As shown in FIG. 16 a screw drive may be employed wherein a motor drives a shaft and gear 31 to rotation.

The gear 31 in turn drives a gear 32 which causes rotation of the screw shaft 35. A gear linkage 33, 34 between the rotating screw shaft 35 drives a second parallel aligned screw shaft 36 to rotation. Both ends of each screw shaft 35, 36 pass through the housing 26, a lead or acme nut mounting on the transverse members 23 and are fixedly mounted to the transverse side frame members 38 of the base 1. Upon rotation the screw shafts 35, 36 force the nuts 37 either closer together or further apart, depending upon the direction rotated bringing the transverse members 23 with the legs 4 carried thereon closer or further apart. Springs 39 may be employed to add to the force needed for lift providing a measure of free lift to the platform 2.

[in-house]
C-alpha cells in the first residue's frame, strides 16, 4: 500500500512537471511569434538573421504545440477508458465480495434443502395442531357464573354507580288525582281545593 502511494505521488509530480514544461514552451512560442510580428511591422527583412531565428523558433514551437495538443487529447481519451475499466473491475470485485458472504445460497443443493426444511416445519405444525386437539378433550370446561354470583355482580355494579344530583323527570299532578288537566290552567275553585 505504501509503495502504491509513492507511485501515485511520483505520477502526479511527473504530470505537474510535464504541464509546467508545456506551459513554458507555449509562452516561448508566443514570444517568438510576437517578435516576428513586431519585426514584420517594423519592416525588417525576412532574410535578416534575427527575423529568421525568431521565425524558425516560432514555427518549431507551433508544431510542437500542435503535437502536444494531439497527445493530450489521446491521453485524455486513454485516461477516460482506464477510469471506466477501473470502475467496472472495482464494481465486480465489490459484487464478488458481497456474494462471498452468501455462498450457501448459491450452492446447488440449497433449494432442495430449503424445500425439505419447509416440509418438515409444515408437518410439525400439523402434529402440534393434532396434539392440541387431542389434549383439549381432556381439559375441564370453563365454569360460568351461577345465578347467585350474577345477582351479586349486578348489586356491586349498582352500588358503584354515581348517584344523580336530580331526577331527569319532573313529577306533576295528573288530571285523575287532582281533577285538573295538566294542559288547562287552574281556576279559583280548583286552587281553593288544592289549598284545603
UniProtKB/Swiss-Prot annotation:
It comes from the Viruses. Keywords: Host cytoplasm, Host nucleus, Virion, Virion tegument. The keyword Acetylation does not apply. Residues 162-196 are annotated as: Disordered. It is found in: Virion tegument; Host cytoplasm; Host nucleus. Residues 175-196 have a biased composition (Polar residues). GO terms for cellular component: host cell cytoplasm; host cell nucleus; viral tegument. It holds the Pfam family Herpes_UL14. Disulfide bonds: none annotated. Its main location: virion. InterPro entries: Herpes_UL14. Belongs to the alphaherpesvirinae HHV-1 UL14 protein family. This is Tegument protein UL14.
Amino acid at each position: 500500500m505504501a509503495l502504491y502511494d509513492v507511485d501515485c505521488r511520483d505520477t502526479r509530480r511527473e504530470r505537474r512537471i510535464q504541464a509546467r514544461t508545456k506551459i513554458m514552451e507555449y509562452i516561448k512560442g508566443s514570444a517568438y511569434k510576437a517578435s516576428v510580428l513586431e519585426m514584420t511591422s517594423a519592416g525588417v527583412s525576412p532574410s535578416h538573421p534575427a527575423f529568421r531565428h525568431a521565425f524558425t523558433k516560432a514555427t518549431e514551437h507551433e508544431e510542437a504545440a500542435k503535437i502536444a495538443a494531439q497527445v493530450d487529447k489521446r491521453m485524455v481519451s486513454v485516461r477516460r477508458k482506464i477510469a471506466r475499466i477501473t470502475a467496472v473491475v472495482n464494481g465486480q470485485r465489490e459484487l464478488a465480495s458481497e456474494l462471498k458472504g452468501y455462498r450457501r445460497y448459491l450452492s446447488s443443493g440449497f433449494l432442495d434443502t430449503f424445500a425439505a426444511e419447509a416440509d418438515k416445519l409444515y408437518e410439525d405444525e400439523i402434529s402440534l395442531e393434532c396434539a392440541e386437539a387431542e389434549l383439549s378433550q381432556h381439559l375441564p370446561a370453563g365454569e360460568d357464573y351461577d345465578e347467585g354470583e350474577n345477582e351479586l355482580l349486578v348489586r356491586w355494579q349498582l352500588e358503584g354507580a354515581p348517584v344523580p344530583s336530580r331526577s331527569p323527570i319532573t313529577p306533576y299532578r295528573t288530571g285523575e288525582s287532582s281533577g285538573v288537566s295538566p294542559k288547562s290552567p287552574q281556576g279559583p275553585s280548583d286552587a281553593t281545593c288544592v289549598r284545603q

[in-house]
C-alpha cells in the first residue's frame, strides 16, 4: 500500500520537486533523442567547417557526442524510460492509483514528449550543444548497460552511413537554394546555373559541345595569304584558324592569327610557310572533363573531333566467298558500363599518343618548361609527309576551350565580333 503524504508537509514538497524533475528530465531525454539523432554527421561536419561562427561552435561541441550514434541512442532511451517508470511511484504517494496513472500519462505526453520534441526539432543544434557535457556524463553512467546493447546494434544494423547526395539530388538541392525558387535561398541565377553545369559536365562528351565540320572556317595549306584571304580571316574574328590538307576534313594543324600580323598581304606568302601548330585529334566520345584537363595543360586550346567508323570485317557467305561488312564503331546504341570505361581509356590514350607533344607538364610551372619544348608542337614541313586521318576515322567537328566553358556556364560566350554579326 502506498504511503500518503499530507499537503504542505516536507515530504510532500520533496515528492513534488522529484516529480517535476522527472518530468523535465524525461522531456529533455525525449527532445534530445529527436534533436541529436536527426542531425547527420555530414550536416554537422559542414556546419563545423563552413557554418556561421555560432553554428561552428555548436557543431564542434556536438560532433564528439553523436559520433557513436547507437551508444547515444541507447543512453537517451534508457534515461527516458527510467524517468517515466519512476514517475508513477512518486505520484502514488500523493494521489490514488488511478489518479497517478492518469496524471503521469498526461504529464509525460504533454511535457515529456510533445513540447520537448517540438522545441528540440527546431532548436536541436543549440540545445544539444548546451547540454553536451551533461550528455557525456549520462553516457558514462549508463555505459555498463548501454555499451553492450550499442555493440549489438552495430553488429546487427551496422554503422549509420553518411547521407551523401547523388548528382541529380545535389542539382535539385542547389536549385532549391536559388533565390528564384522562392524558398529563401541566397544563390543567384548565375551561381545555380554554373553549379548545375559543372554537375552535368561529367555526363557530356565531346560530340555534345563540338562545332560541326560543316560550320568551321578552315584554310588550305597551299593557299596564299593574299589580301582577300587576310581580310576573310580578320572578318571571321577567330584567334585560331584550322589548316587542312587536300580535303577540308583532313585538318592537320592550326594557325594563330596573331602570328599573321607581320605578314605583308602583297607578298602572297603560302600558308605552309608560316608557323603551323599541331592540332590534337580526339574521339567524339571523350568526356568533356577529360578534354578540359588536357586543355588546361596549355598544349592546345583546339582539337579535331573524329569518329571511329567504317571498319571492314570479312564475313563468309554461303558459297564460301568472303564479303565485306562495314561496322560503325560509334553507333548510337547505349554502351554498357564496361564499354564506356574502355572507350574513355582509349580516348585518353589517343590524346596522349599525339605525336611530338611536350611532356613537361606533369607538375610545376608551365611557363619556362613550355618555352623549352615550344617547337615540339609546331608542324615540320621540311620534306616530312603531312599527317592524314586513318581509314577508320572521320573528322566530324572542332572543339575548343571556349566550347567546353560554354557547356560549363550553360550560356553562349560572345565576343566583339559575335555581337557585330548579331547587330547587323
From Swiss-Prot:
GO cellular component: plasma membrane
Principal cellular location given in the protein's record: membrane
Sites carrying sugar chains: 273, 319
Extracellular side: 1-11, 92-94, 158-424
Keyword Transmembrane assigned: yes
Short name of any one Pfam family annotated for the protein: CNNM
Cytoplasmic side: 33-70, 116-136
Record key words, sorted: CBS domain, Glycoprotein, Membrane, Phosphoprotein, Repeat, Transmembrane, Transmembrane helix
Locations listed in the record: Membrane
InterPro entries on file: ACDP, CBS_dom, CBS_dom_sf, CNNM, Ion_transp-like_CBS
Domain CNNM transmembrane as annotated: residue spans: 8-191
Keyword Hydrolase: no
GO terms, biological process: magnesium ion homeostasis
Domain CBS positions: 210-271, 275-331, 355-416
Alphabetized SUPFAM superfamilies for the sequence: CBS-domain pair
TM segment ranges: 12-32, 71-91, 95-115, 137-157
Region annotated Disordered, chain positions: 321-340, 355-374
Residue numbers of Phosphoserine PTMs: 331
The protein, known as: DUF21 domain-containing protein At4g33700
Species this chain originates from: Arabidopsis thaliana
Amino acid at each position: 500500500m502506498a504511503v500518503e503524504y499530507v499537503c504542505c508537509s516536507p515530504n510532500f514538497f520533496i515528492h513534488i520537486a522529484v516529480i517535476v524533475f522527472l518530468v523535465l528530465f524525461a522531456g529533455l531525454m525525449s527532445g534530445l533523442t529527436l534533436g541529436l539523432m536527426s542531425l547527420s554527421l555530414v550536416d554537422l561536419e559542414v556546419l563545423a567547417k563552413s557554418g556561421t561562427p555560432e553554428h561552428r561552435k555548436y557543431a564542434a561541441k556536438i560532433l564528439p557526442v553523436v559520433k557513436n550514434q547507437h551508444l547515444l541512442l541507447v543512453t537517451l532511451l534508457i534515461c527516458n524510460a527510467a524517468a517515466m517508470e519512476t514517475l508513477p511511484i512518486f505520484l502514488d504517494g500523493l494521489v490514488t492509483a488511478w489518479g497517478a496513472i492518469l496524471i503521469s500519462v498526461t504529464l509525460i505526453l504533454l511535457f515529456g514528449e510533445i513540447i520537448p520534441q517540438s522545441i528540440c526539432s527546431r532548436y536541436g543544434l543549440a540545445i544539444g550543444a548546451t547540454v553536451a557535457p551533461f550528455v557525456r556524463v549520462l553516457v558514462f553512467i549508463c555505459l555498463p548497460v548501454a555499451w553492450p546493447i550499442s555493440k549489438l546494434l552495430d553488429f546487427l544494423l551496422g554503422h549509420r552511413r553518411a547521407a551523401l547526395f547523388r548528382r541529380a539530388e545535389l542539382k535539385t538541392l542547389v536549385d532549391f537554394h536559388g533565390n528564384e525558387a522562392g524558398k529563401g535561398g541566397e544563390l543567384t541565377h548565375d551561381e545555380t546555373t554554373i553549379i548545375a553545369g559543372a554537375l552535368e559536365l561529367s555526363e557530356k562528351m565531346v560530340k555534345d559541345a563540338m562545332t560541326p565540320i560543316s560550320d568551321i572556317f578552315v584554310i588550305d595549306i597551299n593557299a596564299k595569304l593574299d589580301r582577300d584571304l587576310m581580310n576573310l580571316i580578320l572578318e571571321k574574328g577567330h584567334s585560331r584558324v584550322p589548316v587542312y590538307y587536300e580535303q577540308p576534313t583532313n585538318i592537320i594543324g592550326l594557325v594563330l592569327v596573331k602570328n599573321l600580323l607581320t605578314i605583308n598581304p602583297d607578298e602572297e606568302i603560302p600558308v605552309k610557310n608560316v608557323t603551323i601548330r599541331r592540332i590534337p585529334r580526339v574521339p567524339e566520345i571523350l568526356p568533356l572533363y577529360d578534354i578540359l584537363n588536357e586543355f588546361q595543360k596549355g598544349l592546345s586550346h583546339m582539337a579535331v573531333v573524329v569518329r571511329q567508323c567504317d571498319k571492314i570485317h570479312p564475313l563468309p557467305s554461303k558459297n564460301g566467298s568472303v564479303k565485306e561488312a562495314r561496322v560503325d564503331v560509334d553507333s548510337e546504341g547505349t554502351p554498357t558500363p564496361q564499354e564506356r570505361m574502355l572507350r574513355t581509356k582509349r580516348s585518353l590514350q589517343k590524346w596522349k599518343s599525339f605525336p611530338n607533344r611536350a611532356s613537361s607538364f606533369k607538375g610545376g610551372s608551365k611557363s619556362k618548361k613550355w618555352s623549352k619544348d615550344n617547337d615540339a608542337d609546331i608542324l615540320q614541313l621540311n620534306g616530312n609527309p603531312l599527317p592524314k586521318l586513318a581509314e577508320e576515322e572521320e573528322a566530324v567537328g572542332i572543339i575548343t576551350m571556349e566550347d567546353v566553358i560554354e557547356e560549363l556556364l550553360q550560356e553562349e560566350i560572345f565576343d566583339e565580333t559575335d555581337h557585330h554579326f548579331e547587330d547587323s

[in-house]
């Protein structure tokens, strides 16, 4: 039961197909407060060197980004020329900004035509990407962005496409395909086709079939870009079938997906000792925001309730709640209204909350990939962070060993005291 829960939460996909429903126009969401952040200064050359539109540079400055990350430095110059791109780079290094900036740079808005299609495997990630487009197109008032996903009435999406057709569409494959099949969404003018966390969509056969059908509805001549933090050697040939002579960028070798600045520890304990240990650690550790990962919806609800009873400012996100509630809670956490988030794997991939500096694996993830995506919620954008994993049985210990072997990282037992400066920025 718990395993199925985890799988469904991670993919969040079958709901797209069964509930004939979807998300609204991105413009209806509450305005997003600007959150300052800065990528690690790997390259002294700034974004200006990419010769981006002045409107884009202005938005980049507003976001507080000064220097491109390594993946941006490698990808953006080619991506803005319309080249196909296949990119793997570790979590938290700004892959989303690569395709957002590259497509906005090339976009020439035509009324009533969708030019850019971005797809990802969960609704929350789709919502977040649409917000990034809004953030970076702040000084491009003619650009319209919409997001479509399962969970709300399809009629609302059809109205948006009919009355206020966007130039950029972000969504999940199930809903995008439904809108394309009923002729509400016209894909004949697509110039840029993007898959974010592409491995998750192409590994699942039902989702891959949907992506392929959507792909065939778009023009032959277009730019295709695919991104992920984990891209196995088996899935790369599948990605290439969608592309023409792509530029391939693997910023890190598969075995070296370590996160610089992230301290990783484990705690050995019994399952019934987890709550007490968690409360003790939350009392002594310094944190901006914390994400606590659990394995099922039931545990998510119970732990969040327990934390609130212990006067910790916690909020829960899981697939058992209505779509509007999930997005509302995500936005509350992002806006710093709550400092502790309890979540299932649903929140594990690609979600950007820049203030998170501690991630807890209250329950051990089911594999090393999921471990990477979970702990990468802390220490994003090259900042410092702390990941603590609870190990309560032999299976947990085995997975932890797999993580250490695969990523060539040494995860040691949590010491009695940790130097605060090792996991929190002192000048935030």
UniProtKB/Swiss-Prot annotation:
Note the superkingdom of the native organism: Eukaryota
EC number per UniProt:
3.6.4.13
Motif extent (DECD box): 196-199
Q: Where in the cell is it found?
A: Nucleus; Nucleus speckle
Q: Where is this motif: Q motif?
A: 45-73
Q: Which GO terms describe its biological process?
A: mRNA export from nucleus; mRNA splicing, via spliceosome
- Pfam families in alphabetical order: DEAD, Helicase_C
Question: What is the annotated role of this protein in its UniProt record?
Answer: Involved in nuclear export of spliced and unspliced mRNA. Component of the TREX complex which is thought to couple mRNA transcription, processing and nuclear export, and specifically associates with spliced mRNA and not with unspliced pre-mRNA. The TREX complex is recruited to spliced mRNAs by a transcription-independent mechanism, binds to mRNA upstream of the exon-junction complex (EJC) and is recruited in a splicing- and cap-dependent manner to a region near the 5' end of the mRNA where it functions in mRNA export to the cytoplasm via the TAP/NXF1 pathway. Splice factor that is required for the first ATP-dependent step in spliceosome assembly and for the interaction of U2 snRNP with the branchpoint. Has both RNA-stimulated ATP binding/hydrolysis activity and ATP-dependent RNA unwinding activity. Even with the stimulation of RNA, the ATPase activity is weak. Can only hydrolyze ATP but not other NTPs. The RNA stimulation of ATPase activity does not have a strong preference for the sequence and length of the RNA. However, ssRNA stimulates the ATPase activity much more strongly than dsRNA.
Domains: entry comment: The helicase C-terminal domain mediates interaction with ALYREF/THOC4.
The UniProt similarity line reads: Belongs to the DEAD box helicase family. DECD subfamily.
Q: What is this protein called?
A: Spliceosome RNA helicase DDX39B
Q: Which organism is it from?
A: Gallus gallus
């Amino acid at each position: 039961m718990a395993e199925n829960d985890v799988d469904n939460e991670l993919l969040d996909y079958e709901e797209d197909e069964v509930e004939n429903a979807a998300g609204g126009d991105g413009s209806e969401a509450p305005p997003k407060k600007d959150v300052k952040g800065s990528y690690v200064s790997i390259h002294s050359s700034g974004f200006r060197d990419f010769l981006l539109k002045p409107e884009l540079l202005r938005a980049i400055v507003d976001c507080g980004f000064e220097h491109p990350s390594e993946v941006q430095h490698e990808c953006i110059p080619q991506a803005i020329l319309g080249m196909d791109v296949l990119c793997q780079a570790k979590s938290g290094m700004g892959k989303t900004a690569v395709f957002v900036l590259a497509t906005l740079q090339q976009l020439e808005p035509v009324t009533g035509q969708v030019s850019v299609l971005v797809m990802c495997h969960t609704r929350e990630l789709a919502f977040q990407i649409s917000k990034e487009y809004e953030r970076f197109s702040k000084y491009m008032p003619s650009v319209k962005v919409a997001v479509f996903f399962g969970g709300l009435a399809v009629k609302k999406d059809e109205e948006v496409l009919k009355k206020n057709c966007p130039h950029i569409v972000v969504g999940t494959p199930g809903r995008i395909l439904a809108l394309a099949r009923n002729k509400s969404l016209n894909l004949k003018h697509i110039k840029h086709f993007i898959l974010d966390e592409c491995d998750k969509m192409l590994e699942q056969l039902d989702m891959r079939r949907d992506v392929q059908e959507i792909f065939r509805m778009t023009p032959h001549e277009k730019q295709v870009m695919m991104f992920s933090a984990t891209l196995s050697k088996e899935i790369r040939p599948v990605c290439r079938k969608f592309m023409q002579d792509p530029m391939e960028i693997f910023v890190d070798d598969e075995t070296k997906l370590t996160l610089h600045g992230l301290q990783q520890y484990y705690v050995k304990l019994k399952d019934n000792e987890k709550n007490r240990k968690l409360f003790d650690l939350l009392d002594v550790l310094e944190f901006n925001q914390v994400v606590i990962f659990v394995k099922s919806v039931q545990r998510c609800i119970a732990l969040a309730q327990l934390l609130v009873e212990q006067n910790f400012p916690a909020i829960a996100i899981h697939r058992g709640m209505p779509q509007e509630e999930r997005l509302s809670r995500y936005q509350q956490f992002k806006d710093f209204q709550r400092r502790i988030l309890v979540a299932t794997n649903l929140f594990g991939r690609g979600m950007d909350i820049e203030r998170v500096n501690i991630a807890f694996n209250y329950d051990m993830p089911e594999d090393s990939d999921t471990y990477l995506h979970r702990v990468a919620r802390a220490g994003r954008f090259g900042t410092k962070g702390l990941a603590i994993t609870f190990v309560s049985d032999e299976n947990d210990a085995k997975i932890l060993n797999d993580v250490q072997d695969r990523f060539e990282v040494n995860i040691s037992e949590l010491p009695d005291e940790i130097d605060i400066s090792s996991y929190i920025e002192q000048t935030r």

FIG. 17 employs a cable lift wherein a motor drives a drum 41 to rotation, the rotating drum acting to wind cable 42 linked to the transverse members 23 to bring the transverse member 23 closer together and thereby lift the platform. The platform is gravity returned to its collapsed position upon reversal of the drum 41, slackening the cable 42.

It is preferable that the elevating platform be mobile and a motor 43 may be employed to drive a set of wheels 44 with steering readily affected from the platform for example by use of a tiller or steering wheel mounted on a telescoping shaft (not shown) to the other set of wheels by means known in the art.

In operation when the structural members are actuated to raise the platform 2 from the base 1 both parallel sets of bottom legs 4 and upper legs 7 move inward towards each other and maintain a substantially centralized support position on the base 1 and beneath the platform 2. In this manner a more even weight distribution is provided and the lopsided support heretofore found is eliminated.